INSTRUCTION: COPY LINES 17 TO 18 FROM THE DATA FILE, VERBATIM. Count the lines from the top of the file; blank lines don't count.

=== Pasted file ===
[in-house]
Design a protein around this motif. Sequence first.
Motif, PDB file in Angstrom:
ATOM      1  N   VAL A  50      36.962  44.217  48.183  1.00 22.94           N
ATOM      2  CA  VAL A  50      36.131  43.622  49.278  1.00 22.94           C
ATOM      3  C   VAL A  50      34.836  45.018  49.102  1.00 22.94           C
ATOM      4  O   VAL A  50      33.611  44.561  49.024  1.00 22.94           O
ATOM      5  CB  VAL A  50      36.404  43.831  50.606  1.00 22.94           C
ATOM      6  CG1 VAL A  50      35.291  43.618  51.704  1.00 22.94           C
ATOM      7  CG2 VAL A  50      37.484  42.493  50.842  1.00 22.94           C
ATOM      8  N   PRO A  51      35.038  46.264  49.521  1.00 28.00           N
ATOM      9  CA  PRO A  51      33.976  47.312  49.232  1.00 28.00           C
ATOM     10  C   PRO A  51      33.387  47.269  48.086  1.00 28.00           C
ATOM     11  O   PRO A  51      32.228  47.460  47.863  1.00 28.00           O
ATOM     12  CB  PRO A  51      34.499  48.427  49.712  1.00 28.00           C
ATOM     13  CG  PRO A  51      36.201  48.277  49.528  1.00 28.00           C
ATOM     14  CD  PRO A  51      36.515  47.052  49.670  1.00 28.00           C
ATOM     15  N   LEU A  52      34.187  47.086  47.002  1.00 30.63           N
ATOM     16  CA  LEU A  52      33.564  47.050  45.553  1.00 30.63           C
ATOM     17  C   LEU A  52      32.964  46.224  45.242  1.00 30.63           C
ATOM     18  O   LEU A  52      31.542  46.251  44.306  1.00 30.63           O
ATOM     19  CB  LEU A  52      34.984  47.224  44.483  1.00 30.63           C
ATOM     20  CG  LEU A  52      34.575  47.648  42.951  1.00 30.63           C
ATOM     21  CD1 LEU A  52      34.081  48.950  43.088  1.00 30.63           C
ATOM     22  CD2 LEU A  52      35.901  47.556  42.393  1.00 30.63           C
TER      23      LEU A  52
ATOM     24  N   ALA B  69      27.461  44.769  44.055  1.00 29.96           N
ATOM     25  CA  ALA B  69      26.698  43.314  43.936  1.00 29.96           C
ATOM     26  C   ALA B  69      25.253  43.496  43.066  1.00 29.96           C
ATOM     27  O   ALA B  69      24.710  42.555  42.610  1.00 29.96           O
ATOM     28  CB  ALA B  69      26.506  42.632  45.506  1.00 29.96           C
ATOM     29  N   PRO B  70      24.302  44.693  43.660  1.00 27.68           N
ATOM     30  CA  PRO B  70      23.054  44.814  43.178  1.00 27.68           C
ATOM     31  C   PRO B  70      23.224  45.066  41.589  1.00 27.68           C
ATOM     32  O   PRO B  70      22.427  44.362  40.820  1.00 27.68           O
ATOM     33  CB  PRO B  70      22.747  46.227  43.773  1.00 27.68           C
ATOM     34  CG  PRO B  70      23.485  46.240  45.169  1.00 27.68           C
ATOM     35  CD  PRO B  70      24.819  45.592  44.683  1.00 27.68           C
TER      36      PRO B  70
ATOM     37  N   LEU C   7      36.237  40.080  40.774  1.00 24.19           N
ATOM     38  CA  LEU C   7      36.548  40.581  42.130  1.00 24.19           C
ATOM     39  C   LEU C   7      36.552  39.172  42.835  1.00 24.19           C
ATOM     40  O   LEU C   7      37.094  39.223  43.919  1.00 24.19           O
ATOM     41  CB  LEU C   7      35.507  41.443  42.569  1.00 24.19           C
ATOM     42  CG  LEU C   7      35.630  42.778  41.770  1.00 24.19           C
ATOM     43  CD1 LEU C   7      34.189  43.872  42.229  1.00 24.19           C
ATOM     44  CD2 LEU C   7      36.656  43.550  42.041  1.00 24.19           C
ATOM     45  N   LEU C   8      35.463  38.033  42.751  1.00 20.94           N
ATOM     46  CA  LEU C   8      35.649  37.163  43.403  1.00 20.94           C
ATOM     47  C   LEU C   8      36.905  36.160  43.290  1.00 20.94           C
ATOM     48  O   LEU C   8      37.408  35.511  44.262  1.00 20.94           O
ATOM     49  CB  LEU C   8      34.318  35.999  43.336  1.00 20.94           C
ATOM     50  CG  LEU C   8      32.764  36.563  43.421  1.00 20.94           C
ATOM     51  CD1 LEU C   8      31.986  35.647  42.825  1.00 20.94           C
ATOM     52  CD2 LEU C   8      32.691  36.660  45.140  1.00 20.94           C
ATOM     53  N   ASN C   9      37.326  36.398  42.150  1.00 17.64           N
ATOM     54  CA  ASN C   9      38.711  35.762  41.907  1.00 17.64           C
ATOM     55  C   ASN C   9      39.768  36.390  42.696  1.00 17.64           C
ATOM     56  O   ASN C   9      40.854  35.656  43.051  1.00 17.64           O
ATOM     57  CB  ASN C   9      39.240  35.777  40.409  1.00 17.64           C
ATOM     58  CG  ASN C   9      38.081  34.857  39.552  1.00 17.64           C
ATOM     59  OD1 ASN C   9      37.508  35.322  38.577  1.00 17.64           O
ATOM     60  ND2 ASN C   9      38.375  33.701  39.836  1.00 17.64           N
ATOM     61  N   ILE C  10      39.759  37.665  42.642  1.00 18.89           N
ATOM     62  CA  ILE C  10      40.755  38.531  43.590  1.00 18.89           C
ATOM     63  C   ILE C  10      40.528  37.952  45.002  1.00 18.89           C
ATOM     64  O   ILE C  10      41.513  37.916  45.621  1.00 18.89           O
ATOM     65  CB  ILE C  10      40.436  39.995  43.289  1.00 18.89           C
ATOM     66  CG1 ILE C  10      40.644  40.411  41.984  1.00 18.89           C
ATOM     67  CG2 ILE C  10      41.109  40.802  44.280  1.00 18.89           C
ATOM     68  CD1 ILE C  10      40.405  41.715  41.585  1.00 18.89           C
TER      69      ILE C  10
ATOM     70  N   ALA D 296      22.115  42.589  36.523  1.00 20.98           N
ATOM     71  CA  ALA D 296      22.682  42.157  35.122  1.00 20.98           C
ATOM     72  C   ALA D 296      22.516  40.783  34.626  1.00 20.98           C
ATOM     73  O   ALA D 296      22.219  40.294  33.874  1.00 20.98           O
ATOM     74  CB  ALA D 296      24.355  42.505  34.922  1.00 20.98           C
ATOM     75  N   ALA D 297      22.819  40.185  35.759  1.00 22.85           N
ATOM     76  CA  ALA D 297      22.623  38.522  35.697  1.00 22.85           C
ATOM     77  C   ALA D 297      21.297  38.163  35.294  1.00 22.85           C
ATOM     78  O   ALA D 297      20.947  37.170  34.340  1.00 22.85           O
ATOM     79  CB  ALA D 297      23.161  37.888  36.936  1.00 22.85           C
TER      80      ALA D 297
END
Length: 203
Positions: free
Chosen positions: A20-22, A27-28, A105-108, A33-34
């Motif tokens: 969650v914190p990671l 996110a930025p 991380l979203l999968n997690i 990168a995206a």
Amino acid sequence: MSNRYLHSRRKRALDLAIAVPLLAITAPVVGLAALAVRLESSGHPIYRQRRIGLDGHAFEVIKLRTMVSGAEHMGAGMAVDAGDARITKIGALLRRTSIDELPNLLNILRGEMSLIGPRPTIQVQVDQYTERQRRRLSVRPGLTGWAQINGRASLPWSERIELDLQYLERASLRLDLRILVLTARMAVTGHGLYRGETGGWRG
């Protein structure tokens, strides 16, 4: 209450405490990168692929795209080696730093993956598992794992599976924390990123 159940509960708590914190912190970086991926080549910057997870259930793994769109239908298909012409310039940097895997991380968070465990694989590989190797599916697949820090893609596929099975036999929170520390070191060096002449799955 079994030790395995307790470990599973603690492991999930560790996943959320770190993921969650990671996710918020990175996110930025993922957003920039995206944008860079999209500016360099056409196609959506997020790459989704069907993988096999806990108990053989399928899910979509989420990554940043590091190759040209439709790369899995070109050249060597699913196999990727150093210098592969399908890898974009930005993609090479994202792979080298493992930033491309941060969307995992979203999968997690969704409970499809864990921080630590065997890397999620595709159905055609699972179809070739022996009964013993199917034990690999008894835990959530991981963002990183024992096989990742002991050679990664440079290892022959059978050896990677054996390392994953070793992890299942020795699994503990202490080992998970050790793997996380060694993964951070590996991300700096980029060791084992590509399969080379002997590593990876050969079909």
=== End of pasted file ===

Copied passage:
ATOM     14  CD  PRO A  51      36.515  47.052  49.670  1.00 28.00           C
ATOM     15  N   LEU A  52      34.187  47.086  47.002  1.00 30.63           N